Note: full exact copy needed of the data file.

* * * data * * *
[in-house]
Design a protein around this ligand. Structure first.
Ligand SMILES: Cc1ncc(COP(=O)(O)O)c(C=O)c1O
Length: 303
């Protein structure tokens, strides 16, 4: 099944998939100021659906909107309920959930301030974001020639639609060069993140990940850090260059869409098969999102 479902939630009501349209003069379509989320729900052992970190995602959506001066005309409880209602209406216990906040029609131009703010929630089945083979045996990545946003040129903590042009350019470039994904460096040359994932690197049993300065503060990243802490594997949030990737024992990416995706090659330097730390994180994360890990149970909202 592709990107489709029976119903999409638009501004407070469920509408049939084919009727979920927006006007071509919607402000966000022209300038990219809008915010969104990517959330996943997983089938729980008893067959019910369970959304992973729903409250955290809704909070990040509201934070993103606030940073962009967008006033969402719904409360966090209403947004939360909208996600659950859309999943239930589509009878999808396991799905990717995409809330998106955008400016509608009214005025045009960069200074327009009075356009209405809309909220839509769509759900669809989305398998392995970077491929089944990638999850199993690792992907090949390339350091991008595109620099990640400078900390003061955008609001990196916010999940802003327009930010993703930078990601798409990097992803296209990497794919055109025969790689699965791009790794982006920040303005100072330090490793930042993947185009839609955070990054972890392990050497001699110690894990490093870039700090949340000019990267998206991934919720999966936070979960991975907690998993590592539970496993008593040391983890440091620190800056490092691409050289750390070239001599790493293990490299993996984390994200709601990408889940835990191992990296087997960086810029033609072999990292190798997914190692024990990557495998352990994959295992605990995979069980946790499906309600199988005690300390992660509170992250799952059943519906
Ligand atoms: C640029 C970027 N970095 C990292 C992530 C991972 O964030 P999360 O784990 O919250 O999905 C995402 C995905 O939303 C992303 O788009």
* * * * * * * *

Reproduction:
[in-house]
Design a protein around this ligand. Structure first.
Ligand SMILES: Cc1ncc(COP(=O)(O)O)c(C=O)c1O
Length: 303
């Protein structure tokens, strides 16, 4: 099944998939100021659906909107309920959930301030974001020639639609060069993140990940850090260059869409098969999102 479902939630009501349209003069379509989320729900052992970190995602959506001066005309409880209602209406216990906040029609131009703010929630089945083979045996990545946003040129903590042009350019470039994904460096040359994932690197049993300065503060990243802490594997949030990737024992990416995706090659330097730390994180994360890990149970909202 592709990107489709029976119903999409638009501004407070469920509408049939084919009727979920927006006007071509919607402000966000022209300038990219809008915010969104990517959330996943997983089938729980008893067959019910369970959304992973729903409250955290809704909070990040509201934070993103606030940073962009967008006033969402719904409360966090209403947004939360909208996600659950859309999943239930589509009878999808396991799905990717995409809330998106955008400016509608009214005025045009960069200074327009009075356009209405809309909220839509769509759900669809989305398998392995970077491929089944990638999850199993690792992907090949390339350091991008595109620099990640400078900390003061955008609001990196916010999940802003327009930010993703930078990601798409990097992803296209990497794919055109025969790689699965791009790794982006920040303005100072330090490793930042993947185009839609955070990054972890392990050497001699110690894990490093870039700090949340000019990267998206991934919720999966936070979960991975907690998993590592539970496993008593040391983890440091620190800056490092691409050289750390070239001599790493293990490299993996984390994200709601990408889940835990191992990296087997960086810029033609072999990292190798997914190692024990990557495998352990994959295992605990995979069980946790499906309600199988005690300390992660509170992250799952059943519906
Ligand atoms: C640029 C970027 N970095 C990292 C992530 C991972 O964030 P999360 O784990 O919250 O999905 C995402 C995905 O939303 C992303 O788009």